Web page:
Mercury Poisoning in Grassy Narrows worse than ever

by April 6, 2010

The health impacts of mercury poisoning in Grassy Narrows people are worse now than in the 1970's, says a newly translated health study by the world renowned Japanese mercury expert Dr. Harada Masazumi.

The translated study (PDF) was released today, April 6, 2010, exactly 40 years after the Ontario government banned fishing on the Wabigoon River due to high level mercury contamination by the Dryden paper mill.

The unprecedented study found that, even with the decreased levels of mercury found in the Wabigoon River today, the people of Grassy Narrows are suffering from mercury poisoning now more than ever--and the Ontario and Federal governments are doing nothing about it.

Dr. Harada, a Professor at Kumamoto Gakuen University, Dr. Harada played a key role in exposing mercury poisoning in Minamata, Japan. He first visited Grassy Narrows and White Dog First Nations in 1975, ultimately revealing that people from both communities had mercury levels three and seven times higher than Health Canada's guidelines.

Dr. Harada returned 29 years later, in 2004 to perform another study--only to find that 43 percent of his original patients in Grassy Narrows had died.

The study confirms that the People of Grassy Narrows are still being poisoned. Dr. Harada and his team found "60 cases of Minamata Disease (34.2% of total examinees, excluding people 10 years old and younger), 54 cases (30.8%) of Minamata disease with complications and 25 cases (14.2%) of possible Minamata Disease for a total of 139 cases (79.4%)." Each patient exhibited one or more symptoms associated with Minimata Disease, including tunnel vision, loss of coordination, tremors, loss of balance, speech impairments and loss of sensation (feeling) in the extremities.

As disturbing as the health study is, it pales in comparison to the Ontario and Federal Government's neglect of the 40-year-old health crisis.

For instance, only 38 percent of the Mercury waste victims have been acknowledged by the Mercury Disability Board (MDB) which was formed in 2007 to carry out the terms of the 1985 settlement between the two governments, Whitedog and Grassy Narrows First Nations, and the two companies responsible for contaminating the river system. (Wabauskang First Nation, however, was excluded from the settlement even though they, too, were gravely effected by mercury exposure).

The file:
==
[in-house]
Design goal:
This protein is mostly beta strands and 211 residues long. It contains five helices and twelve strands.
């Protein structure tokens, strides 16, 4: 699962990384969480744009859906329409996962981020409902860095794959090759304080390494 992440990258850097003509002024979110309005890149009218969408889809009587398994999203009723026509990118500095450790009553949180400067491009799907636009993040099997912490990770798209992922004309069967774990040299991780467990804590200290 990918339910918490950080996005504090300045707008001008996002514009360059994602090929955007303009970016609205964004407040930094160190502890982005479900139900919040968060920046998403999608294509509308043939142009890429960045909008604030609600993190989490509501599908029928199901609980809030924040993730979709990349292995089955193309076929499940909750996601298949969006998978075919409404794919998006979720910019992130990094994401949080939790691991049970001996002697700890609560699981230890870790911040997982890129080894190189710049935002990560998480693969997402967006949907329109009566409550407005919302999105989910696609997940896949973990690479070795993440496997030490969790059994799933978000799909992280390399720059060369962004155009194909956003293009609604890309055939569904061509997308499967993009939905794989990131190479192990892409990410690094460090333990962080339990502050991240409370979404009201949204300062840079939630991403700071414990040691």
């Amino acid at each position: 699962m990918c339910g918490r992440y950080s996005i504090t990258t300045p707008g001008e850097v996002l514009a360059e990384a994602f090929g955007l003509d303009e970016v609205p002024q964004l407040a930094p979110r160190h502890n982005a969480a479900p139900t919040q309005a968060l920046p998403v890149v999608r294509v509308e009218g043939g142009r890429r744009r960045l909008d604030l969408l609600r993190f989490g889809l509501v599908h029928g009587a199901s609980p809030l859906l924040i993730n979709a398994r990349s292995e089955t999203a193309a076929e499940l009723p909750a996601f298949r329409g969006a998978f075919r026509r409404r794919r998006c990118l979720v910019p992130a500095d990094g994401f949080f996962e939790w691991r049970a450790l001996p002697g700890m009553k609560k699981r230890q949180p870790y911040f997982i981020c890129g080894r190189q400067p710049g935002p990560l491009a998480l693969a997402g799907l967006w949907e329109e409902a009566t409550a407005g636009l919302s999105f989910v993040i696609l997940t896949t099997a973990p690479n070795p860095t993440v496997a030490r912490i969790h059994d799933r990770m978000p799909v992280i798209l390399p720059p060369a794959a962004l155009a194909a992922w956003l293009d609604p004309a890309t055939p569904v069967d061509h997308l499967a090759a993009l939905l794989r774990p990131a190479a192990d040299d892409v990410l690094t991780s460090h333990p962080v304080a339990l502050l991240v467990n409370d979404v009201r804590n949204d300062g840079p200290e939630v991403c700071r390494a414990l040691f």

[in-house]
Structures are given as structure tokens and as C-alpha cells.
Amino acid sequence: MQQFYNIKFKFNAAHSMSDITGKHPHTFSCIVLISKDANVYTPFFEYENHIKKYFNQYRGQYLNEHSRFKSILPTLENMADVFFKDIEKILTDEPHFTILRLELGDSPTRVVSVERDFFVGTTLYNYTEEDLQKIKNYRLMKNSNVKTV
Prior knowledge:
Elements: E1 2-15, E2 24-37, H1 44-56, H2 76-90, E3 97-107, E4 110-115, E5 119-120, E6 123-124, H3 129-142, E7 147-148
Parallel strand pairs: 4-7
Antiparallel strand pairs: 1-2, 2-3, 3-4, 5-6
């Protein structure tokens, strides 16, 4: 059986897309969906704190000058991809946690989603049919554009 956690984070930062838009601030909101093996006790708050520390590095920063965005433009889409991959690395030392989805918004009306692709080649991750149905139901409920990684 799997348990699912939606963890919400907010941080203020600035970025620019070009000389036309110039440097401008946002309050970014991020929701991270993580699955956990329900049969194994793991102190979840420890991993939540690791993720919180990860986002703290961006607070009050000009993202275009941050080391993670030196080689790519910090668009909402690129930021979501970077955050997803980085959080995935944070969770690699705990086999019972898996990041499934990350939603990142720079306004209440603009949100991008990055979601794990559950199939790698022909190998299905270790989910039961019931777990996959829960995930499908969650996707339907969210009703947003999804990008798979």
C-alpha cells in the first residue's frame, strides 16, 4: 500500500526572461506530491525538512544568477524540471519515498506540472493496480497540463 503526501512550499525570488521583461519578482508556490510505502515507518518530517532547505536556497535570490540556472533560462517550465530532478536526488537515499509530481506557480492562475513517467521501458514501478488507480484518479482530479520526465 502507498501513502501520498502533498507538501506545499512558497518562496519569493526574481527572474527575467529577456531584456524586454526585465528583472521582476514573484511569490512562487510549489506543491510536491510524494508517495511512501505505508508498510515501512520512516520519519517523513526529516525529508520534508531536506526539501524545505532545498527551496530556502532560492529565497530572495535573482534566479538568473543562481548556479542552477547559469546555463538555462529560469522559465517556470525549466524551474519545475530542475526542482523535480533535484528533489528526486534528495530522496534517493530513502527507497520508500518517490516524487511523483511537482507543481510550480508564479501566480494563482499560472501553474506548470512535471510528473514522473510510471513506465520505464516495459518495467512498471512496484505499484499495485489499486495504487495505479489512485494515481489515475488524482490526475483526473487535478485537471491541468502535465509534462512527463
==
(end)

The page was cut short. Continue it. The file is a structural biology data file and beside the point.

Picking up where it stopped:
Of the remaining 62 percent of Dr. Harada's, 77 people had applied for disability benefits but they were rejected by the MDB. Another 7 applications were suspended, and 47 patients had not applied.

Those who have been acknowledged by the Disability Board--819 adults and 88 children--receive a meager $250 to $800 a month for a lifetime of suffering.

Further, "Health Canada [has] stopped testing for mercury in Grassy Narrows residents claiming that it was no longer a problem because mercury levels have fallen below the Health Canada safety guideline," notes a recent press statement (PDF). If anything, the decision shows just how weak Health Canada's safety guidelines are, given the results of Dr Harada's study.

"How can we have trust, and reconciliation when the government of Ontario walks away from their responsibility to make things right about the mercury pollution they permitted," asks Grassy Narrows Chief Simon Fobister. "Our grassroots people are still suffering the affects on their health and livelihood from this poison in the water. It is no wonder they are out there on the blockades. The province needs to come back to the table to resolve the mercury issue."

“The mills take from our forest, and then give us back disease and sickness and death,” explained Judy Da Silva, a grassroots mother and blockader from Grassy Narrows. “Our people have suffered for 40 years from mercury poisoning, and now this sickness is being passed on to our children in the womb. We must stop the mills from destroying our forests, our water, and our culture for the survival of all people.”